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Inequalities and the Post-2015 Development Agenda

Income inequalities between and within countries have worsened in recent decades. Gender inequalities are narrowing at a snails pace. Citizenship and location continue to determine life chances, despite the increasing integration of economies. Policy instruments to promote equality of outcome have largely been neglected in the name of approaches to claim to create equality of opportunity. This has failed to stem the tide of inequality. Current social discontent and distrust of government highlight the urgency of addressing inequality head-on: it should be high on the post-2015 development agenda, both as a goal in itself and reected in targets for other goals.


Worsening inequalities
Over the past two to three decades income inequalities have worsened: in the decade to 2000 more than two-thirds of the 85 countries for which data are available experienced an increase in income inequality as measured by the Gini index. As for global wealth concentration, at present the richest 1 per cent of the worlds population owns 40 per cent of global assets; the bottom half of the worlds population owns just 1 per cent of global wealth. This broad pattern of growing income and wealth inequality under economic liberalization is supported by data on other indicators. One of the most revealing indicators is the distribution of income between wages (income from labour) and prots (income from capital), known as the functional distribution of income. This provides a good picture of how wage earners are faring relative to those who derive their income from the ownership of capital, such as nancial assets or productive equipment. A signicant proportion of countries for which data were available witnessed a decline in the share of national income going to wages between 1980/1985 and 2000/2005. Further inequalities become evident when wages are disaggregated by gender: the latest gures suggest that despite the narrowing of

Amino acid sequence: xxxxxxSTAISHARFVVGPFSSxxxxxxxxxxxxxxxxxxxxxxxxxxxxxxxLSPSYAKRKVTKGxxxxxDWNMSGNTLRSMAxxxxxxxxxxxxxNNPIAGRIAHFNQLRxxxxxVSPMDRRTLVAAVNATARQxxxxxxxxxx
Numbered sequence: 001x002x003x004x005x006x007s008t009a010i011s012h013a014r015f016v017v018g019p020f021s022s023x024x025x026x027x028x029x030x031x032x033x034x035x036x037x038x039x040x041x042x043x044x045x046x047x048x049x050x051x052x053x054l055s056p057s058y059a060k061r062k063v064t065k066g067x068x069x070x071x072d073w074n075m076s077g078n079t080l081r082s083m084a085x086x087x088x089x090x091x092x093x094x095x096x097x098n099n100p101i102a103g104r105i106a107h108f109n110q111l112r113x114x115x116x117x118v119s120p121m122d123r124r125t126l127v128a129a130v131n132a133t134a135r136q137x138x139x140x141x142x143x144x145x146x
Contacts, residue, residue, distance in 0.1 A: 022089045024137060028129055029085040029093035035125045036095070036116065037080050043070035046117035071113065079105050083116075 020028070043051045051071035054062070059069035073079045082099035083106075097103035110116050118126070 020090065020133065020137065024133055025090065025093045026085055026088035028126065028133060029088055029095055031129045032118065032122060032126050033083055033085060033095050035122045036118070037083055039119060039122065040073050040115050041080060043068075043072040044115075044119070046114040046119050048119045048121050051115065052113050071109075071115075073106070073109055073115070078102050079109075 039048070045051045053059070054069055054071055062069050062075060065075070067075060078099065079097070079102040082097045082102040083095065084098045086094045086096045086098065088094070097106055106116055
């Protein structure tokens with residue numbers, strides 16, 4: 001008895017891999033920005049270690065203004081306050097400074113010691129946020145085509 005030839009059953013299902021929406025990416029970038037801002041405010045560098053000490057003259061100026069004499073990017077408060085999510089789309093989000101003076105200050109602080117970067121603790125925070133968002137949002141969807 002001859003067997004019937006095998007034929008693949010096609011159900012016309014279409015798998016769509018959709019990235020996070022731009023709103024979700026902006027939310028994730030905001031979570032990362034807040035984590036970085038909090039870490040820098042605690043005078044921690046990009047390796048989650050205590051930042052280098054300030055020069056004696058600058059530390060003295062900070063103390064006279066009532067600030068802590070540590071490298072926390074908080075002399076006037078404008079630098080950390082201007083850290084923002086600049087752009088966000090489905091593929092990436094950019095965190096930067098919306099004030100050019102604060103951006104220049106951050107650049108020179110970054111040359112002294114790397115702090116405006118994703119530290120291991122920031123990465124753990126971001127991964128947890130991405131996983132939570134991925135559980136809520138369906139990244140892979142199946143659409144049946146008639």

gender-based inequalities in terms of school enrolment, the average shortfall of womens earnings compared to mens was 22.9 per cent in 2008-9. This marks a small improvement over the gap of 26.2 per cent observed in 1995. According to the ILO, at this rate it would take more than 75 years to achieve equal pay for work of equal value (ILO 2011). Social indicators such as enrolment in secondary and tertiary education, access to safe drinking water and sanitation, and maternal mortality all display large within-country inequalities when gender, region and ethnicity/caste are taken into account. There are also important global dimensions to the issue of inequality. Although some poor countries are catching up with rich countries, the income levels of rich countries are still much higher than even those of converging countries; the poorest 5 per cent of people in a rich country such as the United States will be richer than two thirds of the people in poor countries. Thus, a persons income today still largely depends on citizenship and location (Milanovic 2011).


shortfall in womens earnings compared to mens (2008-9)

An equal start or an equal journey?

UNRISD Research and Policy Brief 15 In recent decades the mainstream response to evidence of growing inequalities has been to dismiss equality of outcome as politics of envy and focus instead on a less controversial equality of opportunity. However, to create real equality of opportunity is a radical proposition. Moreover, one can only be confident that opportunities were equal when the outcome is equal too; any systemic disparity in outcomeswhether in terms of income and wealth, or more broadly in terms of distribution of resources, occupations and rolesalert us to a likely inequality in initial opportunities. This approach has not allowed for structural factors that influence individual outcomes and has sidelined powerful policy instruments that can reduce outcome inequalities, such as:

Inequality and social discontent

Recent political developments have drawn public attention to the corrosive effects of severe inequalities in both the global North and the global South. There are many signs of social discontent, declining levels of trust in governments, and unrest in response to rising food prices, labour retrenchments, and draconian austerity measures (especially in European Union peripheries). While locally specic factors underpin the recent uprisings in Tunisia, Egypt, Syria and neighbouring countries, high rates of unemployment, precarious livelihoods and repressive state practices are common sources of discontent that feed popular unrest. In contexts of deep social insecurity, limited resilience to cushion the effects of crises on people, and fragile democracies, a return to authoritarian control cannot be ruled out. Crisis is becoming a way of life. Even in countries with consolidated democracies, as austerity measures cut benets, diminish health and education services, and make jobs more temporary. This carries unsavoury implications. Even mainstream political parties, not just the far Right fringe, may nd it acceptable to stress the threat from immigration. This gives credibility to populist racism. In the United States, contradictions and crises have given a boost to coercive forms of rule. Prisons and debt are pervading the lives of marginalized social groups, including increasing numbers of poor black and Hispanic women and men.